The Harvard graduate student's ideas were thoroughly impressive. However, we live in a racially-regressive city where billions in public money has been doled out to white developers, corporations, and already stable, majority white neighborhoods. The 15-year-old attempt to lure white people back to the city has gone without significant push-back from long-term black aldermen who've offered no plan to thwart race specific development in the region.

Still, there is hope. After March 7th, we will have a new mayor and, hopefully, hopefully, drastic new and inclusive direction in development. Several black candidates are on the ticket. Before leaving the session, I encouraged the organizers to make the information public to help politicians, city leaders and citizens expand our limited definition of “development” and aggressively revert from what seems to be a bizarre 21st Century trend in planned segregation.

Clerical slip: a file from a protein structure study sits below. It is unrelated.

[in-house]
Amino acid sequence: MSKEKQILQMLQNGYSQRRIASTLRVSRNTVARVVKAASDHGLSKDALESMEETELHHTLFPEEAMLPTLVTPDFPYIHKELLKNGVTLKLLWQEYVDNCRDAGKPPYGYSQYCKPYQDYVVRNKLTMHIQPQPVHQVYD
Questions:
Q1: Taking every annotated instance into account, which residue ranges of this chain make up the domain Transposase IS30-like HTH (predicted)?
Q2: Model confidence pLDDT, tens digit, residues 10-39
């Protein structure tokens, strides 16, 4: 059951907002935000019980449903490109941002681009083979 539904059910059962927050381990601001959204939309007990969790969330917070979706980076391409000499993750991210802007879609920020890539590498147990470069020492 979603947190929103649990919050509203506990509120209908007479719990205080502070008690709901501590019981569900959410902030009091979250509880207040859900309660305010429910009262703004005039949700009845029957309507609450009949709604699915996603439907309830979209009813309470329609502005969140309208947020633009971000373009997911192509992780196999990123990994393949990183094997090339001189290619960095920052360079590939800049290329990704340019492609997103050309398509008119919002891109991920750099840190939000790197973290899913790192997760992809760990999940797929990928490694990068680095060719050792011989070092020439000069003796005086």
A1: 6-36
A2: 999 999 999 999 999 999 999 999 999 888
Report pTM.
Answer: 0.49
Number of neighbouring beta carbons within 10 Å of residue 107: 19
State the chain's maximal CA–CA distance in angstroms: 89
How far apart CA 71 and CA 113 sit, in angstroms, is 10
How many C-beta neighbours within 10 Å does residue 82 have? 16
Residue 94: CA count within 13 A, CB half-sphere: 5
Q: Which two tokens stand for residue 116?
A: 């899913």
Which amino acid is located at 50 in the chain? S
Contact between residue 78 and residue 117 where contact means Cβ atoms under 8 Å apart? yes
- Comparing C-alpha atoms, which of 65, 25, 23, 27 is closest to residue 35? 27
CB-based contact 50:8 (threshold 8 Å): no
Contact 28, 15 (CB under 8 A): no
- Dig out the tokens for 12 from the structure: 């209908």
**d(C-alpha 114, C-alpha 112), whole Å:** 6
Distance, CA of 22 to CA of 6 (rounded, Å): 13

Add caption
As an offering of what good may come, here's a peek at the treasure trove of information we received during the “Affirmatively Further…” session.

“My Grove” by Astrid Cam Aguinaga, looked at the displacement and gentrification issues related to the expansive growth in the Forest Park Southeast (Grove) section of town. The proposal suggested a Real Estate Tax Transfer (RETT) grant designed to help residents and local community development agencies create strategic plans to fight gentrification while empowering low-income residents to maintain and own properties that includes them in the vastly-growing development in the Grove area.

“Understanding St. Louis’ Tax Incentives” by Cory Berg. This project analyses the use (or overuse) of tax increment financing, tax abatements and special tax districts to fund new development projects in the region. The project attempts to break incentives into understandable and manageable terms so that everyday tax payers are more informed and empowered to use these tools to expose racial and socioeconomic bias, determine how their tax dollars are used and provide better transparency. The goal is to empower citizens to address racial inequity and use tax incentives to ensure low-income neighborhoods have the same benefit as wealthier and whiter areas have had over the past 15 years.